BACK TO RESEARCH REVIEWS

EmailFacebookTwitterLinkedIn

Authors Byles J, Vo K, Thomas L, Mackenzie L, Kendig H

Review Date March 2016

Citation Australasian Journal on Ageing 2016 (in press); DOI: 10.1111/ajag.12234

 

Background

With Australia’s ageing population there is increasing interest in the health and well-being of our older members of society. As men’s life expectancy increases, a larger number are living to very old age and an increasing proportion live alone, having survived their partner. Previous research suggests that older men who live alone may have greater health needs and poorer health behaviours compared to those living with a partner.

 

Aim

This study aimed to describe and compare mental health and physical functioning of community-dwelling men aged 70 years and over who live alone, and those who live with their partner.

 

Methods

A sub-analysis of baseline data collected in the New South Wales (NSW) 45 and Up Study was conducted. Men aged 70 years and older who did not live in a nursing home or hostel were included.

Partner status was measured with the self-reported question, ‘What best describes your current situation?’ Participants were classified into two groups: living with a partner (married, de facto) and not living with a partner (single, widowed, divorced, separated). Mental health was measured by the Kessler Psychological Distress Scale (K 10) and physical health by the Medical Outcome Short Form 36 (SF 36) physical functioning (PF) subscale score.

Chi-square tests were used to compare partnered and non-partnered men in terms of five-year age categories (70-74, 75-79, 80-84, >85), socioeconomic factors and health-related variables. Linear regression was used to examine the association between partner status and high K 10 scores (indicating poorer mental health), and also with mean SF 36 PF scores (from a total 100; higher scores indicate higher levels of physical functioning).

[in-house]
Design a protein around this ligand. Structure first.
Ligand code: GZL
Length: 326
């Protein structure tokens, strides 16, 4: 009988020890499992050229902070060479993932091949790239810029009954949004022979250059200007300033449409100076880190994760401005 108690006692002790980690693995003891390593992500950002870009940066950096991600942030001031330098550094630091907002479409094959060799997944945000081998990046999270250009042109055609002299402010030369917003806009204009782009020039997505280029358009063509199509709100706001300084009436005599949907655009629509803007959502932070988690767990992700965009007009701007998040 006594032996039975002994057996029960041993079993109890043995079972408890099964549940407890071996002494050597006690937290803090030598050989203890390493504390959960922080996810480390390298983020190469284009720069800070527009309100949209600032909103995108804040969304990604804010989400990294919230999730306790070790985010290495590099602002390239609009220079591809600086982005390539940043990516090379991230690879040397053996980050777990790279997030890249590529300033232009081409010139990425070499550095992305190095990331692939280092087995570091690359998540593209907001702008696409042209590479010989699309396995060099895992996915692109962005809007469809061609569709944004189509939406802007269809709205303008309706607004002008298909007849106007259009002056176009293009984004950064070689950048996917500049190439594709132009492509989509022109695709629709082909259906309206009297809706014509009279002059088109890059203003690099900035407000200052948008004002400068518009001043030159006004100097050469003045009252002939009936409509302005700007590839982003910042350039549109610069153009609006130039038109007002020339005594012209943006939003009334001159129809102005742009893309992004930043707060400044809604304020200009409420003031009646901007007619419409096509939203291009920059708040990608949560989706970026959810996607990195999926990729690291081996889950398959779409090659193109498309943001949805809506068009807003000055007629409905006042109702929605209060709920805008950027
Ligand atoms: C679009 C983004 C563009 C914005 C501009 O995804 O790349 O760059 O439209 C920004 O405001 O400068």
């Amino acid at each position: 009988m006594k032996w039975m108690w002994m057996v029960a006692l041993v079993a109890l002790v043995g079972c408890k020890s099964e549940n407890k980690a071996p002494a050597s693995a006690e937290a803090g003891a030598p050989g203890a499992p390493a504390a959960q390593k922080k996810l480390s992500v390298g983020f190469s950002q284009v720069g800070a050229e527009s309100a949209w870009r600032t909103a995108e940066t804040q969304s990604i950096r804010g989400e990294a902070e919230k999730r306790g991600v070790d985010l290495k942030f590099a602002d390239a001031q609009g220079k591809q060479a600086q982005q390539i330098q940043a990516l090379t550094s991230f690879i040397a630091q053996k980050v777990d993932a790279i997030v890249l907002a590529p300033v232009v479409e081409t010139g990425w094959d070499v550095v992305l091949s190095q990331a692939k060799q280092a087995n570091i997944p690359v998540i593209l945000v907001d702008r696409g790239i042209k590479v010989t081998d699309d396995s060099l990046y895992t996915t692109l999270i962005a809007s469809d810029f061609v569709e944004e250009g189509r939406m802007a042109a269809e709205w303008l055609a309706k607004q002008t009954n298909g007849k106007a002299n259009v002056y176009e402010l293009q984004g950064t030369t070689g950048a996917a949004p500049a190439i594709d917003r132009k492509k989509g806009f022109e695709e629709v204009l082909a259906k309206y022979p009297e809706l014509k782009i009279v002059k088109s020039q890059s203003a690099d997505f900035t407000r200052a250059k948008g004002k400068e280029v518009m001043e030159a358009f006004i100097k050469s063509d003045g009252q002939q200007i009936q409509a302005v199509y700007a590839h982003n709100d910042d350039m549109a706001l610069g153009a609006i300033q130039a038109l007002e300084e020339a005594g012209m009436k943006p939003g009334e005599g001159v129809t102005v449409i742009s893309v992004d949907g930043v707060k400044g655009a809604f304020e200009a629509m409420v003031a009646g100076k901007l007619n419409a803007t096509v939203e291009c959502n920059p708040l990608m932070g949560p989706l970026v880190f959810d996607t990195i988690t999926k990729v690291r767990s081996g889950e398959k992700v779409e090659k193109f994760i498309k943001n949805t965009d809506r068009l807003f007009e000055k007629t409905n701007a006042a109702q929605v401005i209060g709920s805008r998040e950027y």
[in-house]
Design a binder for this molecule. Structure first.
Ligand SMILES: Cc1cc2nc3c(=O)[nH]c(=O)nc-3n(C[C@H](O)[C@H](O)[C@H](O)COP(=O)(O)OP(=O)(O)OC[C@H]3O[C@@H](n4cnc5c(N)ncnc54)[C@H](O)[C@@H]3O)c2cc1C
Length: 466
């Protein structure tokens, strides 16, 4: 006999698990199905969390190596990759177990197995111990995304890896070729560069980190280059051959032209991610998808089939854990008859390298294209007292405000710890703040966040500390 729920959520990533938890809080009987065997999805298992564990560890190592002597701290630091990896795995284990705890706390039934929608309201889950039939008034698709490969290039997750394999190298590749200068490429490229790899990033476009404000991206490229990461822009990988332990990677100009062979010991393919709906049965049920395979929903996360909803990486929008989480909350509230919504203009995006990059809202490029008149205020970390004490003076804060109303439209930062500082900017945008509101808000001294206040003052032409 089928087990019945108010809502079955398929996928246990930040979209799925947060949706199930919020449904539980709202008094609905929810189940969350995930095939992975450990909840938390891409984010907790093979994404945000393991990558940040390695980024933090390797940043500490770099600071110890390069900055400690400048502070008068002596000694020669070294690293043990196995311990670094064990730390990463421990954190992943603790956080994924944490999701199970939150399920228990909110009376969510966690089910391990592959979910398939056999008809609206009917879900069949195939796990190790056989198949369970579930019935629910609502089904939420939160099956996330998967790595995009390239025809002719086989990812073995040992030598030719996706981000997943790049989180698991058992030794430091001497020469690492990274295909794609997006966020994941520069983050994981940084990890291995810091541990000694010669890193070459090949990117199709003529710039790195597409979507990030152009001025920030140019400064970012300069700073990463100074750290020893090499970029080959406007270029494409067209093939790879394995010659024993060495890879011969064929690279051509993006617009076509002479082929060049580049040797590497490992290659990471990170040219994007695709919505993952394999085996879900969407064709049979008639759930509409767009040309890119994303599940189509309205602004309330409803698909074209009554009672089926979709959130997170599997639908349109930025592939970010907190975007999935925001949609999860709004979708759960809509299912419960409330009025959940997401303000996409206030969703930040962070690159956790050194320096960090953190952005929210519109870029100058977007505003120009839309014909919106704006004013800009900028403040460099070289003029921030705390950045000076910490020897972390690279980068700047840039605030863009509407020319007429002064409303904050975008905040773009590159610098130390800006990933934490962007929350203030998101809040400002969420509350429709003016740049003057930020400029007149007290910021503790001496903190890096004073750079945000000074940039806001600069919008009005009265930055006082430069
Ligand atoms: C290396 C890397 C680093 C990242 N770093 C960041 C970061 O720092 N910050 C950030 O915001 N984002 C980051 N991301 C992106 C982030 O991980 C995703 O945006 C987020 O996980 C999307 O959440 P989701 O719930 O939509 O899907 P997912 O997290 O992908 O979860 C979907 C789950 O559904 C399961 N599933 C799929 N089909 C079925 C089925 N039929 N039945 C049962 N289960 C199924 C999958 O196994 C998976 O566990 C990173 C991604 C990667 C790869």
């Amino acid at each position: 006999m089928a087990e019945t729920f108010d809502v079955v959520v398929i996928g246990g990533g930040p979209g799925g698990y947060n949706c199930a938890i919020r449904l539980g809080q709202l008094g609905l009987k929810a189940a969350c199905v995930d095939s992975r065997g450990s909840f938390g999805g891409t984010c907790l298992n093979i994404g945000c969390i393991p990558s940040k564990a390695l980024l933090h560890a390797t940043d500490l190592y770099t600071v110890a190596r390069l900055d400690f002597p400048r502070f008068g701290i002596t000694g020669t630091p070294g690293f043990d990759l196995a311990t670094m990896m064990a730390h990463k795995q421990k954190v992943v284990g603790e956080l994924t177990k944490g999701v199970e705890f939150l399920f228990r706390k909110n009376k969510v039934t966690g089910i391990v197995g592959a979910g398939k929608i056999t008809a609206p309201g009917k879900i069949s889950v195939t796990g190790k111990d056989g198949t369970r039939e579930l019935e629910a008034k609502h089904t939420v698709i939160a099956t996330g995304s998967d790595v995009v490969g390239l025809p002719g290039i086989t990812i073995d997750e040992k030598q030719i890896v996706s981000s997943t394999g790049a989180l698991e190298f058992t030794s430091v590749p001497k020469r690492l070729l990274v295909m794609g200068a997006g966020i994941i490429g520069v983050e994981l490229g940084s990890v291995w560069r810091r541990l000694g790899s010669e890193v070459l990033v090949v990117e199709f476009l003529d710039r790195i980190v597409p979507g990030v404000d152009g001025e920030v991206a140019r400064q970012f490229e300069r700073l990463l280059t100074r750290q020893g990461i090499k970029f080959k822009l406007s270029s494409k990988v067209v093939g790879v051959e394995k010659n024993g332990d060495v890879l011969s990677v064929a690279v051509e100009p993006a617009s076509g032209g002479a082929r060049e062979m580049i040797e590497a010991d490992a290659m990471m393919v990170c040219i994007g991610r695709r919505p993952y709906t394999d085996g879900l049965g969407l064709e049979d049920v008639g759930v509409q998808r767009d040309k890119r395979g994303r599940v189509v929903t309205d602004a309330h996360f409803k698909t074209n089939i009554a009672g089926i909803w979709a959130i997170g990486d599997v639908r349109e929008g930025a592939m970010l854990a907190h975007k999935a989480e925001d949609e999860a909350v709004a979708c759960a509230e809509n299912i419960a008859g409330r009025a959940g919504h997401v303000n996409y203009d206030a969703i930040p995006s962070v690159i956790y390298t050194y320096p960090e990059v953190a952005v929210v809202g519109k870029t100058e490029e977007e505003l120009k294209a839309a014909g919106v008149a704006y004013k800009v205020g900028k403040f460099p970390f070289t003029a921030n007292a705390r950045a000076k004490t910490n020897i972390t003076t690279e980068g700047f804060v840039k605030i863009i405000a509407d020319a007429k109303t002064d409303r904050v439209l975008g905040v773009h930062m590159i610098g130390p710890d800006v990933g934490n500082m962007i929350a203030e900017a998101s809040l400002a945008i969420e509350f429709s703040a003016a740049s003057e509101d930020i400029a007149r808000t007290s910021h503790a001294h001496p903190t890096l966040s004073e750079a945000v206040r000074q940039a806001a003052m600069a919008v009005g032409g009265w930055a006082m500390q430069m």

Results

The sample consisted of 37 690 men with 8594 (23%) reporting that they did not live with a partner. Overall, 1403 (4.7%) of men had a high/very high K 10 score and the mean SF 36 PF score was 73.1.

Within each age group, except 85 and over, men not living with a partner were more likely to have a high K 10 score and a lower SF 36 PF score compared to those who lived with a partner.

After adjusting for age, area of residence, current housing, education, smoking status, alcohol consumption and body mass index, men not living with a partner had higher odds of having a high K 10 score (OR = 1.3; 99% CI: 1.1-1.5) and had lower mean SF 36 PF scores (mean difference = -1.3; SE = 0.4).

 

Conclusion

Consistent with previous research, this study found that men who did not live with a partner had poorer physical health and were more likely to have poorer mental health compared to those who lived with a partner. After the age of 85, the two groups of men did not differ in their physical and mental health which may have been the product of survival or participation bias, or a reflection of the prevalence of conditions and disabilities at very old age. Public health programs and clinicians need to consider relationship status when addressing older men’s mental and physical needs.

 

Points to Note
  1. Australia has an ageing population, and previous research suggests that older men living alone may have greater health needs and poorer health behaviours compared to partnered men.
  2. This study found that men living without a partner had poorer mental and physical health. However, this effect was not observed in men aged 85 and older.
  3. This study may be limited by the use of self-report measures in a population at risk of poor memory, and the lack of access to information on relationship quality and length of time men had been single for.
  4. Public health programs and clinicians needs to consider relationship status when addressing mental and physical health in elderly men.

 

Website: http://www.ncbi.nlm.nih.gov/pubmed/26810217